The next couple of months after her diagnosis my mom and all of us were getting ready for the biggest day of our lives, her much anticipated bone marrow transplant. Luckily, she did not need a donor as her transplant was autologous, which means that her own stem cells would be cultivated and given right back to her. My mother is so strong; her own body saved herself and gave her another chance at life. After many rounds of chemotherapy, radiation, and physical therapy, as well as unexpected hospital visits, the big day had arrived:  March 27th, 2015.  The bone marrow transplant occurred at the Oregon Health & Science University oncology center in Portland, Oregon.  My sister had flown in from Mexico to be here with all of us. By now, it had been a whole year since her diagnosis, and I was now a senior in college getting ready to graduate.              College graduation finally arrived. I became the first person in my immediate and extended family to graduate from an American university. This was supposed to be one of the happiest days of my life, right? Although, I was extremely proud of myself, it was a bittersweet moment since my mother could not attend my graduation, as she was still recovering from her recent bone marrow transplant. My dad also could not be present as he was at home taking care of his beautiful wife. I knew that my parents were both cheering me on from Vancouver, WA, or as I like to call it “The ‘Couve”. My brother, his wife Adriana, and my uncle had traveled to Seattle to see me graduate. After the graduation ceremony I asked them to drive me to Vancouver so that I could be with my mother the same day of my college graduation. After the longest three hour car ride ever, I walked home with my cap and gown to share this moment with my parents. The recovery of her bone marrow transplant was very successful, but of course, came along with all side effects of a bone marrow transplant. The physical toll the transplant had taken on my mother did not shadow her inner strength and beauty. She is my biggest inspiration and daily I aspire to be like her.       

  

    
       
      
         
          
             
                  
             
          

          

         
      
       
    

  


                 Fast forward to this past spring 2018, and my family and I celebrated her third year of remission. My mother is one of the strongest women I have ever met. This past year has been even more exciting to see her physical strength slowly come back to her. This summer, she attended two weddings and left the house a little more for family dinners. She has even contemplated making a trip to Seattle with my dad to visit me, which is huge for her to say! I am currently working on my master’s degree and when I go home to visit, she will still make me tea to make sure that I am focused during my studies.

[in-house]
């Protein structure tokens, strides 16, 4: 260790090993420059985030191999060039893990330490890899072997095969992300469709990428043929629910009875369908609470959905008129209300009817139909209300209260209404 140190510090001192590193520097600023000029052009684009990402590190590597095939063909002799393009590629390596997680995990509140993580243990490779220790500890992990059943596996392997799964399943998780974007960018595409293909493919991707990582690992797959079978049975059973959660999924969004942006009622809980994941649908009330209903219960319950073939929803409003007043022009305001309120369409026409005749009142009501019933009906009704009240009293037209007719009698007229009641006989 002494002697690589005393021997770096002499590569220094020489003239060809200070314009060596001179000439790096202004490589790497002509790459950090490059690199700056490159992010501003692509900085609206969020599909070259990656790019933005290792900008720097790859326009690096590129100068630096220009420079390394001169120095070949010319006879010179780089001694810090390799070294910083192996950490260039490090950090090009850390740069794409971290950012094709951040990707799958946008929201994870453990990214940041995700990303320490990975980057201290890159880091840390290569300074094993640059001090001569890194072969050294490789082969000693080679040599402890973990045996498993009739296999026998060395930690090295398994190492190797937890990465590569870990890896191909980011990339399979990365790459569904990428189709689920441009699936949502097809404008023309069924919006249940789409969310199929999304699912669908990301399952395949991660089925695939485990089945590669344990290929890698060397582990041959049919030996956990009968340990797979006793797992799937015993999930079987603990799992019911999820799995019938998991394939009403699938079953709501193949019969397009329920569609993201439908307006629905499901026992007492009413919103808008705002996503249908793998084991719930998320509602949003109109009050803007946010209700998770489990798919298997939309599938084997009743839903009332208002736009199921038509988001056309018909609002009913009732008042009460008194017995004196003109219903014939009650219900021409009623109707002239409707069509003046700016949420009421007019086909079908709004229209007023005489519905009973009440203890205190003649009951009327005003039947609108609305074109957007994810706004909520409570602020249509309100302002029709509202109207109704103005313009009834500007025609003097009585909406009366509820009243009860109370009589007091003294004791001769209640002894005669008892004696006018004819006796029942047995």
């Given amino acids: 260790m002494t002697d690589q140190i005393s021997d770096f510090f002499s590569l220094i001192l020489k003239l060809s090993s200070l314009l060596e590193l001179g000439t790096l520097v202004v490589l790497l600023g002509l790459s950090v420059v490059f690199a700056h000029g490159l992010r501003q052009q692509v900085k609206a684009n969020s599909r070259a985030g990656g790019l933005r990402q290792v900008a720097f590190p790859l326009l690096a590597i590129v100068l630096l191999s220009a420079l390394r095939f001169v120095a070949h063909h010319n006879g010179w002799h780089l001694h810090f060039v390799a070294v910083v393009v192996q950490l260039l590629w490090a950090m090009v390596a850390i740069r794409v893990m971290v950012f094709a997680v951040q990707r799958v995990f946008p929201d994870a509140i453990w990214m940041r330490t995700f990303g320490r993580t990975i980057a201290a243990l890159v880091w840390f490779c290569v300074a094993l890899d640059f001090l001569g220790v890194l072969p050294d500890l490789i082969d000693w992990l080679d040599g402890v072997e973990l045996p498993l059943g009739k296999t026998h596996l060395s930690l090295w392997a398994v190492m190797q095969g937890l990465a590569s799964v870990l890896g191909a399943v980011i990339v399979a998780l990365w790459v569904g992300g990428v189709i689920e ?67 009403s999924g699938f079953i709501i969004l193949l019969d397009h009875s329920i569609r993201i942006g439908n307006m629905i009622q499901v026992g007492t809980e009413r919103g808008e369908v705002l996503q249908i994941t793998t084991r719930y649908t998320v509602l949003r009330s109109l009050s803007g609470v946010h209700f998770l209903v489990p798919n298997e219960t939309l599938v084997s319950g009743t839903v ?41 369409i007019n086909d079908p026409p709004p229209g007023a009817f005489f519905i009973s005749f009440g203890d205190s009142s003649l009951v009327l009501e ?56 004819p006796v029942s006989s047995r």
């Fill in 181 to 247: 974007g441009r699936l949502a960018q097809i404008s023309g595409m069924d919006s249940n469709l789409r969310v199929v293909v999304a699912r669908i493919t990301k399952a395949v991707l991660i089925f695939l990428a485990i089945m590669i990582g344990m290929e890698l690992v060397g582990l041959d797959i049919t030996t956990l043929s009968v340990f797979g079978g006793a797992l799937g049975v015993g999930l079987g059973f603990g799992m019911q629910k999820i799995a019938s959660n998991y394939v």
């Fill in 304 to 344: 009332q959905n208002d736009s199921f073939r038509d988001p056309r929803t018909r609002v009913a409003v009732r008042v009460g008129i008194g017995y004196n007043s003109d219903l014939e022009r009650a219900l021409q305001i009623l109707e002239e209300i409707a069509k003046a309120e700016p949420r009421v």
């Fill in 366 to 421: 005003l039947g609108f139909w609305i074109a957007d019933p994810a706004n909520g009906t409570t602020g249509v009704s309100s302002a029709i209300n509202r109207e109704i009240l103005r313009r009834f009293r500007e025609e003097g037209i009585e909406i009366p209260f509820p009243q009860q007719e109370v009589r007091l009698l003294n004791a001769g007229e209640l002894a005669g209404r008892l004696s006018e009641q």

I admit that it has been an extremely difficult journey for my family and I, but there was something about this ugly and life-threatening disease that unexpectedly brought us closer together as a family. Throughout this entire process, my family and I have received so much support from other family and friends, and even hospital staff. The oncology nurses at the hospital are some of my favorite people to this day, and the doctors that I have met have been wonderful. Slowly they have become an extended part of our families. For some time, I have been wanting to return the favor and help other families who are in a similar situation as me. It is a challenging and dreaded journey, but the support makes it a bearable experience.               Joining the LiveSymile Foundation was something that happened unexpectedly and quickly. I am a big believer that when the right opportunity arises, you have to reach out and take it. The LiveSymile Foundation was one of those right and perfect opportunities for me.               I met Hakan Gem, the founder of LiveSymile, in the winter of 2018, while he was a fourth-year dental student at UW and I was working at a community health center where Hakan was assigned to do one of his clinical rotations. When the rotation ended, we friended each other on social media. A few months after, I noticed a personal post about Hakan’s mother and I was immediately touched by his extraordinary story. I also learned that he was starting a foundation to support cancer patients and their families. I wanted to learn how I could get involved and do something to represent and honor the journey my mother has been on. Hakan and I agreed to meet to go over a few of the logistics of a non-profit and how to get started. At that meeting, we both shared our stories about how cancer had influenced our families. I had to fight hard to hold back the tears when listening to his story and while sharing my own experiences. We both were on the same page; we wanted to create something beautiful to honor our mothers, in the midst of unthinkable pain.  Never did I imagine that I would walk away from that meeting with an offer to jump on board as one of the co-founders. I slept on it, thinking about the opportunity for several days. I wanted to ensure that I was the right fit to support and bring to life the visions and the values of the LiveSmyle Foundation. After mulling it over seriously, I accepted  to join LIveSmyle, and it has been the most exciting journey thus far. Hakan is a very motivated individual, and I am super excited to help bring his vision to life, while at the same time incorporating my own passion and infusing my own experience into LiveSmyle. I am beyond excited to be a part of such an amazing organization with Hakan, both of us inspired and driven to honor two amazing women who happen to be our mothers.